Deloitte Top 200: How to lead a boardroom during a pandemic

It can be difficult to look at the big picture when your business is suffering at the hands of a global pandemic. But it’s something that all good leaders do well in a crisis, while also communicating quickly and effectively as the situation evolves.

“Be objective – look at what’s changed, what is needed, what actions are required – and ensure actions align to company values and culture,” said Nick Wells, chief executive partner of Chapman Tripp, when asked to comment on this year’s Deloitte Top 200 Chair of the Year award.

“The uptake of the wage subsidy is a clear cut example where organisations didn’t always get it right,” he added in reference to some firms’ unjustified take-up of Government assistance.

Chapman Tripp sponsored this year’s chair of the year award, which was won by Liz Coutts – current chair of Ports of Auckland, Oceania Healthcare, Skellerup Holdings and Ebos Group.

The Deloitte Top 200 judges praised her governance style, described as “inclusive, calm and decisive”, and the way she dealt with Covid-19 across a range of industries to achieve success.

Other finalists in the category were John Loughlin (Powerco) and Pattrick Strange (Chorus, Auckland International Airport).

Chapman Tripp’s Wells said important traits top chairs have include an ability to think strategically and having the courage to drive decisions where boards can’t come to a consensus.

Good chairs need to understand the difference between what the board does and what management does, he said.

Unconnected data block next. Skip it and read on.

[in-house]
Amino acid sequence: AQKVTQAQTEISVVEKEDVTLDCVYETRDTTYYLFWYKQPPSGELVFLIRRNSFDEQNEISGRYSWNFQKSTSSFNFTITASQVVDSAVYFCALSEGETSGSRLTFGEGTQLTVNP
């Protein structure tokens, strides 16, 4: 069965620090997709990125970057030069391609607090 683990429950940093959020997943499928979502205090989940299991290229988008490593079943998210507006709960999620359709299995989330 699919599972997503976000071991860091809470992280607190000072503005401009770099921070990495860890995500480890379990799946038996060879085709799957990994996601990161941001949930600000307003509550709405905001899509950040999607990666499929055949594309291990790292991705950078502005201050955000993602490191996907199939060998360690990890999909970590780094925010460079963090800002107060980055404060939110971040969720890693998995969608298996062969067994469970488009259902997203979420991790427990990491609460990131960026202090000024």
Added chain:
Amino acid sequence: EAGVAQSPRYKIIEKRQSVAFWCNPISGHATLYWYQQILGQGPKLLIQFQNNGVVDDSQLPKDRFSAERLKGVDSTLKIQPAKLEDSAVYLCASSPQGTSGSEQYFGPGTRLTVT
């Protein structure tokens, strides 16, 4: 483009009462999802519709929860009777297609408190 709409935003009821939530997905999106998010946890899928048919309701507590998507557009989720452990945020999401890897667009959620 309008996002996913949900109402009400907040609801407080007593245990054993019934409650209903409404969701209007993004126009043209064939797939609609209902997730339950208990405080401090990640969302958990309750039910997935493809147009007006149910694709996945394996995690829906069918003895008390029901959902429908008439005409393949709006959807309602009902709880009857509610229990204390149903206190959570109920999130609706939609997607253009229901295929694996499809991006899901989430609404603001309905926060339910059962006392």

“A board’s purpose is not to do management, but to both support and challenge the management team … you need a strong relationship with, and understanding of, the CEO.”

When it comes to handling a crisis like Covid-19, look at things minute to minute, day to day – and communicate with your board accordingly, he says.

“Be nimble, in a sensible step by step and considered way. Don’t panic.”

The importance of strong corporate governance was highlighted in last year’s brutal Australian Royal Commission into Misconduct in Banking.

Wells said the big lesson from that was the importance of culture.

“This is a good reminder to be mindful of what people are doing at all levels of your organisation and finding tools to test and audit this –you can’t be so high up that you are left unaware of the day-to-day.

“Examples of tools to support directors to keep ‘on the pulse’ include Peakon (an avenue to test culture and sentiment) and enabling whistleblowers. In addition, be very careful with your reward system to ensure it doesn’t encourage unwanted behaviour.”

New Zealand, he said, has some very good directors and the depth of the pool is becoming increasingly deeper and more diverse.

Chapman Tripp’s recent NZ Corporate Governance trends and insights report showed that the average board size was 6.54 directors, up from 6.35 in 2019, and 17.3 per cent of chairs in the top 75 (by market cap) were women, up from 13 per cent in 2019.

The 2020 Deloitte Top 200 winners were revealed at a luncheon on December 3.

Click here for a full list of winners.

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